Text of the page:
Common Sense for Snowmobilers

Common sense can sometimes be a subjective phrase.  What some feel should be common sense, clearly alludes others.  Everyone makes mistakes, so here are some common sense suggestions to help us all preserve and protect the sport of snowmobiling in British Columbia creating a safer experience for all.

Trail Preservation:  The volunteers who groom and maintain your trail systems will be ever so thankful if you can help them preserve the integrity of the trails by riding respectfully.  Try to keep a smooth throttle on the trails and avoid goosing your throttle when you go over moguls starting to develop.  Every time one of those budding bumps is hit with an accelerated throttle it creates more of a mogul.  Avoid doing donuts, and carving on the actual trails, and please, if you have found yourself stuck on the trail, repair it as best you can for safety reasons.   This one shouldn’t have to be said, but please do not build a fire in the middle of an active trail system, for it will leave a crater that could be dangerous. 

Warm Up Shelters:  Cabins and warm up shelters are constructed, insured and maintained by our hard-working clubs.  These shelters are for public use, so please be aware that many individuals including families will be sharing these spaces. They provide a vital safety component should a rider become stranded, and they offer respite from the cold giving riders a chance to warm up mid day.  Volunteers man these cabins, so please pack out what you pack in including cans, bottles and garbage.  Please do not smoke or drink in the cabins.  Please respect these shelters and use firewood sparingly or better yet take the time to add some wood to the pile if you can.

Parking Lots:  Step one, park responsibly allowing room for others to access their trailers or utilize their ramps.  Avoid excessive speed and showboating in the parking lots.  It isn’t cool, and you’ll soon be called out for being a “parking lot poser” should you be trying to impress the crowd. Always be respectful of the lot attendants and be patient when purchasing your trail passes if there is a line up.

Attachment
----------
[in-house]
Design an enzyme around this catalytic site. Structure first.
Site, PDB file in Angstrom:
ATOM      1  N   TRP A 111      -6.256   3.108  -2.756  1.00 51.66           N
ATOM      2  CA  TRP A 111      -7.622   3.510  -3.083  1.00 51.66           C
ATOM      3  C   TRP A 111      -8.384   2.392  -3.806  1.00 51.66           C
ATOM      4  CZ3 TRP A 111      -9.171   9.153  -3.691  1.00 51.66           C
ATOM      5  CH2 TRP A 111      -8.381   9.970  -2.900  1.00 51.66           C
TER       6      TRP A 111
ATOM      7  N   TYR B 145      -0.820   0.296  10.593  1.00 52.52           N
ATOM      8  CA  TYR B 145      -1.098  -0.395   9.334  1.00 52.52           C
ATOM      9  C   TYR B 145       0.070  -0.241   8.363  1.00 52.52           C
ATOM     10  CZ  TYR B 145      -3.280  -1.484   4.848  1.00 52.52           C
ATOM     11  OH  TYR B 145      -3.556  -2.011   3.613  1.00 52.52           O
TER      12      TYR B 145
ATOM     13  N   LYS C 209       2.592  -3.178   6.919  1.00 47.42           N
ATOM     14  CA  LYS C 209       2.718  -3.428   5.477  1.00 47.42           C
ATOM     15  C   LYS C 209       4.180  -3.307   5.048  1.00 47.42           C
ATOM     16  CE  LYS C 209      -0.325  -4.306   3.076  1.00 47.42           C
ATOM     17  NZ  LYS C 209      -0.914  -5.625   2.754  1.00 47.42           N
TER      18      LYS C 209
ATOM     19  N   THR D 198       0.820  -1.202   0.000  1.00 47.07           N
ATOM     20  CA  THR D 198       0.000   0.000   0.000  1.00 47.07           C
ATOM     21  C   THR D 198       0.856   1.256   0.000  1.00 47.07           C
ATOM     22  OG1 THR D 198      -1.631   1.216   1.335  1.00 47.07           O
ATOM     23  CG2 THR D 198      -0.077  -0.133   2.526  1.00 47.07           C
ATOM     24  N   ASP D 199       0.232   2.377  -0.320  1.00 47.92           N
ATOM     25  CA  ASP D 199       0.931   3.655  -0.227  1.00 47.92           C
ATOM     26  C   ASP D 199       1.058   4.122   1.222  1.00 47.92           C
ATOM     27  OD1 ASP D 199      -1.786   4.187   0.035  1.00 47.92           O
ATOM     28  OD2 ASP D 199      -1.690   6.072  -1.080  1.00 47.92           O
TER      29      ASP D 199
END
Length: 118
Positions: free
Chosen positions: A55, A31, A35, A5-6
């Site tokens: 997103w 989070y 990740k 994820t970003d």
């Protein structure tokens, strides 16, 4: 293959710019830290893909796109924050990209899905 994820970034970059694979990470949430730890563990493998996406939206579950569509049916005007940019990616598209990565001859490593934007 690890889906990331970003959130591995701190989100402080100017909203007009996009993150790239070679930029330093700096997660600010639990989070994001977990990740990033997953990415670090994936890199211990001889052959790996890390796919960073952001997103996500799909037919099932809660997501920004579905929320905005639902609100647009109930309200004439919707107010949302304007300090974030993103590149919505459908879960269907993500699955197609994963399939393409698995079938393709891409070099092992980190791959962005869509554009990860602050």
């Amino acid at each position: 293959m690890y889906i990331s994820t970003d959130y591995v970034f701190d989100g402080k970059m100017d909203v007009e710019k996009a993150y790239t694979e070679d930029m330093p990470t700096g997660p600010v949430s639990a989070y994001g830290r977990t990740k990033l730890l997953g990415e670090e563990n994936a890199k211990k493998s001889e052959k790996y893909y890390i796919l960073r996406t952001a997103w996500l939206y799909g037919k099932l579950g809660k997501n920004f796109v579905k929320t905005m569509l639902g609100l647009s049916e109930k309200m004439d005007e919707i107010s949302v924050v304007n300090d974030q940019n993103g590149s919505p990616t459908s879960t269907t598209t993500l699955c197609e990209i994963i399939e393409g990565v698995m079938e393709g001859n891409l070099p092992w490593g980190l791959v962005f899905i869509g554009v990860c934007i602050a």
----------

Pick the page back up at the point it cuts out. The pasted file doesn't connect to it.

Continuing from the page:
Shredded Belts and Yard Sale Shrapnel:  Pack it in, you pack it out right?  This also includes remnants of a blown belt, or if you were unfortunate enough to yard sale your sled, all of the plastics and pieces of your snowmobile must leave off the mountain with you. 

Tap er Cool on the Trail:  Trail access into cabins, and fun zones will see a wide variety of riders with varying skill sets.  There will be seasoned riders determined to travel at Mach Chicken speed while there will be riders that are brand new to the sport traveling at the speed of snail.  The trail belongs to everyone, so please have patience and be courteous.  Watch for traffic behind you if you do have a timid rider, and wave them through to avoid creating frustration and a bottleneck of traffic on the trail.   

Please support your sport with your membership purchase.  To find a BCSF member club please visit and purchase your membership today.